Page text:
The cost of a medical prescription in the UK depends on where you live. While for those living in Wales, Scotland and Northern Ireland your prescriptions are free, if you live in England the charge is currently £9.35. For the first time in 12 years, the costs of a prescription was frozen and didn't increase with inflation in a bid to help with the cost of living.
Still, for those living in England and needing regular prescriptions the costs can easily add up, so here are my tips to reduce that cost.
Free prescriptions are available to those in certain circumstances and for certain medications.
You normally won't have to pay for:
- medicines administered in a hospital or clinic (unless prescribed to take away)
- prescribed contraceptives
- certain sexually transmitted disease treatments
- medicines prescribed to treat tuberculosis and some mental health conditions
People in the following groups may receive a cut or reduction to the cost of prescriptions:
- under the age of 16 or over the age of 60
- in full-time education and aged 16-18 years old
- pregnant or had a baby in the last 12 months
- if you or your partner receive Income Support, Income Based Job Seekers Allowance, Universal Credit, Income-related Employment and Suport Allowance, or Pension Credit Guarantee Credit
- if you have a war pension exemption certificate
- if you have a valid Medical Exemption Certificate
Prepayment prescription certificates that reduce the cost of long-term medication
Those paying for regular prescriptions may benefit from purchasing an NHS prescription prepayment certificate (PPC) which covers all your charges for a set period.
- 3-month certificate costs £30.25 - cheaper if you have 4 or more prescriptions in the period
- 12-month certificate costs £108.10 - cheaper if you have 12 or more prescriptions in the period (you can pay 10 instalments by direct debit to spread the cost)
Application forms for an NHS prescription prepayment certificate can be collected from most Post Offices or major pharmacies or you can simply buy an online Prepayment Prescription Certificate.
If you choose to buy a prepayment prescriptions certificate, you can choose to:
- backdate it by up to 3 months while waiting for your PPC
- backdate it by up to a month for prescriptions you paid for before applying for your PPC
You will need to complete an FP57 form which is only available through your dispensing pharmacist. Also, if you become eligible for free prescriptions after buying a PPC, you can use the same form to request a refund on any unused time period covered by the certificate.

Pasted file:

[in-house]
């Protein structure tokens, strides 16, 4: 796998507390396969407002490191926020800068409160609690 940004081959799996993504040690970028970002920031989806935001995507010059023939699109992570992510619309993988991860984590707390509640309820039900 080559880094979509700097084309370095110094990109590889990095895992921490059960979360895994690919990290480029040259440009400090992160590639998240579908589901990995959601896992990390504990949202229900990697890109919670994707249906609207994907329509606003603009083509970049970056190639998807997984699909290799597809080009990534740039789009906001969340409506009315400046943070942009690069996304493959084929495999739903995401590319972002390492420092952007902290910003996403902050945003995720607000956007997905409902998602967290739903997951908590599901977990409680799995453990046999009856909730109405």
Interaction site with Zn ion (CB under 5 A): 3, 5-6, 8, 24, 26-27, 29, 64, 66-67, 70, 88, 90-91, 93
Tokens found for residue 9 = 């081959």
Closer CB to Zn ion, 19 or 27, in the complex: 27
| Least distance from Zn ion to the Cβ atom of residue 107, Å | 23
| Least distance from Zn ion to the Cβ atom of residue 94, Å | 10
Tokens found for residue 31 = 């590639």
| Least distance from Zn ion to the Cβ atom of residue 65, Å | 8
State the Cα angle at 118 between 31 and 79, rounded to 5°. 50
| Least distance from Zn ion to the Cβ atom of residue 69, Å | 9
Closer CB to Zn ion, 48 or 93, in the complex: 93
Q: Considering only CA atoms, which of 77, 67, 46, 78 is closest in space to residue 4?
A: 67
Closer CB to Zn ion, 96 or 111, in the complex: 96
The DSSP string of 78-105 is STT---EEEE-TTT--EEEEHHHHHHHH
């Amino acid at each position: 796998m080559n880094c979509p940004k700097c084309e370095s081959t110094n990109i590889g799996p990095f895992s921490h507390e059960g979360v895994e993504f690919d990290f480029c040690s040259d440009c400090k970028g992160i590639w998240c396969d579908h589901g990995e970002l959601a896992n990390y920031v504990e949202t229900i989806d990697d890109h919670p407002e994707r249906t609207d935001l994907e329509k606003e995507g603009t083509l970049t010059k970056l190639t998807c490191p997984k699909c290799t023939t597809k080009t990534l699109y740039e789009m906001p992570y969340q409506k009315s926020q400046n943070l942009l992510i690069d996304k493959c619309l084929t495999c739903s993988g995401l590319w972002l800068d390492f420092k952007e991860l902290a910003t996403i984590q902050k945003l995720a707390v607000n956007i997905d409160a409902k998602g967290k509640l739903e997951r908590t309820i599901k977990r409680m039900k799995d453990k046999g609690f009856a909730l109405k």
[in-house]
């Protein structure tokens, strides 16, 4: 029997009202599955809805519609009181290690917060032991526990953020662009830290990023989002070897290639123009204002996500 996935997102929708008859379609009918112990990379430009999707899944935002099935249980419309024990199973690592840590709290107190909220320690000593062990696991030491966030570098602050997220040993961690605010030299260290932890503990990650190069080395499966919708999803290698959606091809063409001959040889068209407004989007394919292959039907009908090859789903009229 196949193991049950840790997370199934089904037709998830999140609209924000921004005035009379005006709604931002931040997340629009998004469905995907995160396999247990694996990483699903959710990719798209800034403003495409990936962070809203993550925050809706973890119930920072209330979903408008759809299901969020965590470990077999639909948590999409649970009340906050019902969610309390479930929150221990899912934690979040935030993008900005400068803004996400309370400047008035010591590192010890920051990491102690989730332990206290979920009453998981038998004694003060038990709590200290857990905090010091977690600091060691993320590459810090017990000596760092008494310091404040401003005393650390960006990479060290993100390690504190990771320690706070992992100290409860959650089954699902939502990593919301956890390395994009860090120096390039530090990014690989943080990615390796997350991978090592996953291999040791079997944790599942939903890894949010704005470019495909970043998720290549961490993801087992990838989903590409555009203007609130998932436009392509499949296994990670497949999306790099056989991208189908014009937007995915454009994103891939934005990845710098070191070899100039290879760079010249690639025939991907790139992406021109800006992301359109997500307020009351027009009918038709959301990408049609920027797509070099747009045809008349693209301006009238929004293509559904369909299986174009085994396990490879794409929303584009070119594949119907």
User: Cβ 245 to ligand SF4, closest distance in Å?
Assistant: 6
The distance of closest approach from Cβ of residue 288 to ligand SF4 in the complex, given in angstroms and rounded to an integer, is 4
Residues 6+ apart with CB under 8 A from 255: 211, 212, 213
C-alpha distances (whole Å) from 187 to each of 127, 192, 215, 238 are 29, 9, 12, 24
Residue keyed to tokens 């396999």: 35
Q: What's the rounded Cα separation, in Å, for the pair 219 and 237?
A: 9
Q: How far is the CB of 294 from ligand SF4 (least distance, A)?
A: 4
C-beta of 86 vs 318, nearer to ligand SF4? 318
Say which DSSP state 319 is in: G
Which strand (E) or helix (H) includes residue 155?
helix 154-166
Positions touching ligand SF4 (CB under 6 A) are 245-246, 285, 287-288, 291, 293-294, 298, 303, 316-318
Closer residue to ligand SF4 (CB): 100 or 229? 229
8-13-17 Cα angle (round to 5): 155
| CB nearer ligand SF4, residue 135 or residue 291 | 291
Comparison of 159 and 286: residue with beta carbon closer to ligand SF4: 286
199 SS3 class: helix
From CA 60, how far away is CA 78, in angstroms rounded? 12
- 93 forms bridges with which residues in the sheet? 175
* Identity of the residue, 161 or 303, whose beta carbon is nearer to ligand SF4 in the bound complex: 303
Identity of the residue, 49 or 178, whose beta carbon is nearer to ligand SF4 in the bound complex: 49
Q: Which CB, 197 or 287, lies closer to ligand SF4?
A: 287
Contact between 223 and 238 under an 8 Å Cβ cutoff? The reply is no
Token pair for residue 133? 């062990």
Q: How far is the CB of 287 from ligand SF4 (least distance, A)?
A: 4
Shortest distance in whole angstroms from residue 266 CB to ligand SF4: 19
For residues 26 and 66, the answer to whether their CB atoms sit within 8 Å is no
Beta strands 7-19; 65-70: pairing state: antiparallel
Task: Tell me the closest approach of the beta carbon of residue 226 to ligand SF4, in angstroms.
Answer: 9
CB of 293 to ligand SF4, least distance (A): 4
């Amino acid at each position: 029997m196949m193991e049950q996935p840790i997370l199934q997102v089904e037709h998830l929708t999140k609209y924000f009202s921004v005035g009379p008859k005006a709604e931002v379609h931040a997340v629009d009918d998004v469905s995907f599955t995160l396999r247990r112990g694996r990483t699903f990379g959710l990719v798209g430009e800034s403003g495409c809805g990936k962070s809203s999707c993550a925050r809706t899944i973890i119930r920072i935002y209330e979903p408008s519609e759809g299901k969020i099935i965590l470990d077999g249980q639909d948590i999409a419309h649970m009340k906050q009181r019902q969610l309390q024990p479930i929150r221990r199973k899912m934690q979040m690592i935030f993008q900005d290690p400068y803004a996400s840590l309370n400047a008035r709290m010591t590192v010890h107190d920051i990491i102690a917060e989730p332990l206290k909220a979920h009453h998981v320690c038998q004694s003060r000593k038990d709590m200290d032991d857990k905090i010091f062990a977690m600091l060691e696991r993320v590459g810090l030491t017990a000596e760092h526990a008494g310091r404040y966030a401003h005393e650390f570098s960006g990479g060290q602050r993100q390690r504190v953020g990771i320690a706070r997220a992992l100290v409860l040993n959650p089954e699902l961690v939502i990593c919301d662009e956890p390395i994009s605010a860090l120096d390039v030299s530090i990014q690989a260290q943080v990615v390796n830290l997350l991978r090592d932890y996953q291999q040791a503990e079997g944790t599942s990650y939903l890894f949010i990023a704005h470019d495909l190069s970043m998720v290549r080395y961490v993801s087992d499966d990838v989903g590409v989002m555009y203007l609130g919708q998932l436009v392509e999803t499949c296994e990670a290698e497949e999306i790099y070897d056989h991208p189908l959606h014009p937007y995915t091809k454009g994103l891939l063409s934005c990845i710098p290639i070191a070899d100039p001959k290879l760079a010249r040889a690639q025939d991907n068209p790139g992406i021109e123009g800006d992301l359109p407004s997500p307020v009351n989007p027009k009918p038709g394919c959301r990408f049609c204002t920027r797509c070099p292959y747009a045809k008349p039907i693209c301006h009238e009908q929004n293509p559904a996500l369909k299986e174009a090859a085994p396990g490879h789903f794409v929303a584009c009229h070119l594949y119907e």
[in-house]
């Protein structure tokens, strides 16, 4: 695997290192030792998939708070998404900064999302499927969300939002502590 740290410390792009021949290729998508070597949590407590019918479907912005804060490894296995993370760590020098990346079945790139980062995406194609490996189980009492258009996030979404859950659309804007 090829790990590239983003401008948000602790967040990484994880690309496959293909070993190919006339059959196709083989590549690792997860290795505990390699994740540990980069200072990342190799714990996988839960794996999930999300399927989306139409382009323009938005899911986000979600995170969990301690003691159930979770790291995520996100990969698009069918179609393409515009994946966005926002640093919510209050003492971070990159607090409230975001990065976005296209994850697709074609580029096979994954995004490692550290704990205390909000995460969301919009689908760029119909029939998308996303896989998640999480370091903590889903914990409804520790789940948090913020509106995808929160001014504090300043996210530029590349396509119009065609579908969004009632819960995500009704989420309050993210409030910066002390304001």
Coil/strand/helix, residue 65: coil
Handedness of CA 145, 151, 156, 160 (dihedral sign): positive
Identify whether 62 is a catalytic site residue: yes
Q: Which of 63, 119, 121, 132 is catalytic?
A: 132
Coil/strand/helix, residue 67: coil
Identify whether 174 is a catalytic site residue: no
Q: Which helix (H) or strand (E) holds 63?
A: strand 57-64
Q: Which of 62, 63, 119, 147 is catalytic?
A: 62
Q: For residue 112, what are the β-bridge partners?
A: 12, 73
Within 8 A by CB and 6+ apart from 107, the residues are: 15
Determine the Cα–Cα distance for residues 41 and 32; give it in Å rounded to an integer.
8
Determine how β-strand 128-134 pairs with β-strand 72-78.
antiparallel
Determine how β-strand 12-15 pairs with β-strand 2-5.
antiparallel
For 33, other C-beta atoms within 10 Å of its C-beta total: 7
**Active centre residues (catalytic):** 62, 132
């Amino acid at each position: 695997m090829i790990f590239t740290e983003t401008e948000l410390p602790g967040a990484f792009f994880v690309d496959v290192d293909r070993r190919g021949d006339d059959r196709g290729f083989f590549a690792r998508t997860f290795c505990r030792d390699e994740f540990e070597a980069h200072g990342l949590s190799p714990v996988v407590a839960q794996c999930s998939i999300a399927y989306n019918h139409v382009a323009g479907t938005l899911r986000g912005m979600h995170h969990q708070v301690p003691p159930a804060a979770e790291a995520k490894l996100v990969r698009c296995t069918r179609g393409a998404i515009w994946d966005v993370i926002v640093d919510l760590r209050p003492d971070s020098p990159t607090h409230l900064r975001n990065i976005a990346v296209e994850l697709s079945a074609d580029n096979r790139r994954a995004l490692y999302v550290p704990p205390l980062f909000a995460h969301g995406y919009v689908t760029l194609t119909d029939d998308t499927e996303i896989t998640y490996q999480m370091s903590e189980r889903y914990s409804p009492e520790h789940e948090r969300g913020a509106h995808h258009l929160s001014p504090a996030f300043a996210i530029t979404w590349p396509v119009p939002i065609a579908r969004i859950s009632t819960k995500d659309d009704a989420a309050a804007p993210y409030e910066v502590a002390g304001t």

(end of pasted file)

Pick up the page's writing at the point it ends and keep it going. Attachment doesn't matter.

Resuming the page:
How to save money on over-the-counter, non-prescribed medications
Minor ailments can sometimes be treated through advice from a pharmacist who may dispense non-prescription medications without the hassle of seeing your GP. Before paying for your medication, it is always worthwhile asking the pharmacist if there is a cheaper equivalent available. Many non-prescription medications sold in pharmacies can carry higher price tags simply due to the brand and there could be a cheaper version of the same medication that could help you to save money - be sure to check with your pharmacist before selecting a different brand or version of the medication you need.
How does the NHS Minor Ailments Scheme reduce the cost of non-prescription medications?
If you are exempt from paying for prescriptions but need to buy non-prescription medications, you can get these free of charge if your GP surgery is registered for the NHS Minor Ailments Scheme. The scheme allows those who are exempt from prescription costs to access non-prescription medications for certain minor ailments that could include:
- Hay fever
- Head lice
- Heartburn and indigestion
- Insect bites and stings
- Mild eczema and dermatitis
- Nappy rash
Extra tips for saving money on prescription medications
Some commonly prescribed medications can be purchased over the counter without a prescription. This can sometimes work out cheaper than the cost of a prescription, always ask your pharmacist. However, if your doctor has prescribed a large amount of drugs then it could still be cheaper under a prescription.
If you have attended a non-NHS doctor (maybe for emergency diagnosis or as part of a scheme) or have requested drugs not supplied by the NHS any prescription will be charged at the full cost of the drugs. In this case, it would be advisable to shop around rather than assume costs will be the same everywhere. Major supermarkets and online pharmacies often have the cheapest deals.